Oh my poor aching back! How often have we made this statement? Believe it or not you have plenty company if you have had an aching back. Over 80% of all Americans will be laid up at one time or another with a serious enough back injury to seek medical attention. Once you have suffered a back injury, in all likelihood it means that you must do something differently in order to be able to prevent it from re-occurring.
To help prevent back injuries it is necessary for us to understand a little bit about our anatomy. The spine is not a perfectly straight line. It has three curves; one at the neck, one at the middle back and one at the lower back. In order to have a healthy back these three curves must stay in their alignment. There are 24 bones called vertebrae in the spine. Each vertebra is cushioned by a disc in between to act as a shock absorber. The disc is soft on the outside, but contains a liquid substance inside of it. The discs allow the joints to move smoothly. If the disc tears and the inner substance flow out, you have what is called a ruptured disc. Repeated incorrect bending or lifting can cause a slipped disc. The muscles and ligaments that keep your back supported can be strained from constant misuse. These are the most common of the back injuries and they can be excruciatingly painful.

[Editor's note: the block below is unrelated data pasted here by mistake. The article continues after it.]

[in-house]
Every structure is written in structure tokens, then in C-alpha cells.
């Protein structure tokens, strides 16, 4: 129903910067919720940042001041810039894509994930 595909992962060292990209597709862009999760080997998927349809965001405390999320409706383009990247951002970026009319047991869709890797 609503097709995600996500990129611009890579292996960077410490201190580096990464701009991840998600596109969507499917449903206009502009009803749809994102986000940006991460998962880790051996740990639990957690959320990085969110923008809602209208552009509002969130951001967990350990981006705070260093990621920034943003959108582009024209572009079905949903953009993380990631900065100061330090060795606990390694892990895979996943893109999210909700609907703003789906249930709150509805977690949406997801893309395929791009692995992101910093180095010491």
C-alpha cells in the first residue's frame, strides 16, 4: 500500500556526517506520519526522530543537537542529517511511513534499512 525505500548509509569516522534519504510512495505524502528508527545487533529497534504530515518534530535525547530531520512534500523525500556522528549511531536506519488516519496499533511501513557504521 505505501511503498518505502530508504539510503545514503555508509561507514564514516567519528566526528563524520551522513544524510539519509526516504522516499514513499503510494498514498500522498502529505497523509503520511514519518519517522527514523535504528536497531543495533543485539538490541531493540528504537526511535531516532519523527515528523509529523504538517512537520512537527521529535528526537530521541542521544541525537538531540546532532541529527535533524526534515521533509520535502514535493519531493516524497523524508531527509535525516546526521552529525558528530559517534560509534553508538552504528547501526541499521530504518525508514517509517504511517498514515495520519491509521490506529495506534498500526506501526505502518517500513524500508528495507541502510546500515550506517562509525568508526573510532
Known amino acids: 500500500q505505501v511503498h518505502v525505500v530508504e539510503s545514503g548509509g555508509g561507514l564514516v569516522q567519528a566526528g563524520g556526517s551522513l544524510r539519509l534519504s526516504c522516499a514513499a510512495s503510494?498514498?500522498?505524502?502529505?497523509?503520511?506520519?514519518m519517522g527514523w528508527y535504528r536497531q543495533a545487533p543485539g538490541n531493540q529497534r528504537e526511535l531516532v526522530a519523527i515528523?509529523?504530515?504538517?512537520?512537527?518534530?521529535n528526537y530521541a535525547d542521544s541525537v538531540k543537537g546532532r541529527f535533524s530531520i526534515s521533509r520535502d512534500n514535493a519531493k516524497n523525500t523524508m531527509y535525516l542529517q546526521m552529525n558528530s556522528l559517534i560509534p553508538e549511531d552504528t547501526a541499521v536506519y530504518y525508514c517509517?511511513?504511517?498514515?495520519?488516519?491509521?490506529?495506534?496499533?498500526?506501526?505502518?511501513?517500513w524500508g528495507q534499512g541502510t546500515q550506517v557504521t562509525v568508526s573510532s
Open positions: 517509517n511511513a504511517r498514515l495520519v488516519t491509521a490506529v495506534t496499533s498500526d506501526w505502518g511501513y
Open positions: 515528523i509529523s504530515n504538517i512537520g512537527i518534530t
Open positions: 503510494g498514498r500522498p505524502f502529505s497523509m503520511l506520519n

Improper lifting causes most back injuries. Here are the steps to follow for correct lifting procedures:
Sometimes you must use your common sense and not be too macho in evaluating whether or not you can lift the load by yourself. Remember that if you must stretch or stand on your tiptoes to lift or bring down the load you may be causing extra tension on your back.